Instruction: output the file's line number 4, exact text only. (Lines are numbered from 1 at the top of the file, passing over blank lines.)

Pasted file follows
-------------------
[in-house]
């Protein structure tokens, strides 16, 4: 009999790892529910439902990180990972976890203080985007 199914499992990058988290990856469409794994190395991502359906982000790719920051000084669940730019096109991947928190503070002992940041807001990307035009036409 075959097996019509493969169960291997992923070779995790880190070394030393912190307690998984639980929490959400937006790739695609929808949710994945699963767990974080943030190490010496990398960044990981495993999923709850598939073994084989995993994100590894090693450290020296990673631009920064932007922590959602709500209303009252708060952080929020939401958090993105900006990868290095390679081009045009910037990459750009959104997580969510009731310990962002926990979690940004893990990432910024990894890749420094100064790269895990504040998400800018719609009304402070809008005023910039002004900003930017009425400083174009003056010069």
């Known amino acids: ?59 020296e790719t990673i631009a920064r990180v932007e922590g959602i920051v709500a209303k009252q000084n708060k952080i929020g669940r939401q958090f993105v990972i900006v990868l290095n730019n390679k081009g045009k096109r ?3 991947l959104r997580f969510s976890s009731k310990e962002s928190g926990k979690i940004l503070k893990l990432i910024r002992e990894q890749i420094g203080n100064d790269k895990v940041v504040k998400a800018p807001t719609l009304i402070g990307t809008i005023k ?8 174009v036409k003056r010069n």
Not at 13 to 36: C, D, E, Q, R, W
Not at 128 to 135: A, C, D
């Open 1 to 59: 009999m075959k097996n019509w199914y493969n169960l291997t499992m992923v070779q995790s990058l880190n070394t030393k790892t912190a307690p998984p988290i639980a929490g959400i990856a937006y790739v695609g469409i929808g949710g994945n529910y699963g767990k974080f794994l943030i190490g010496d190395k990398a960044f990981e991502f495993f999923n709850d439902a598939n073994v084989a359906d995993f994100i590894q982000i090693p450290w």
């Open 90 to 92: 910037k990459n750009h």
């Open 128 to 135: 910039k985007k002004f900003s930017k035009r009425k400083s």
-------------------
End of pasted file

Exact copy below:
Not at 13 to 36: C, D, E, Q, R, W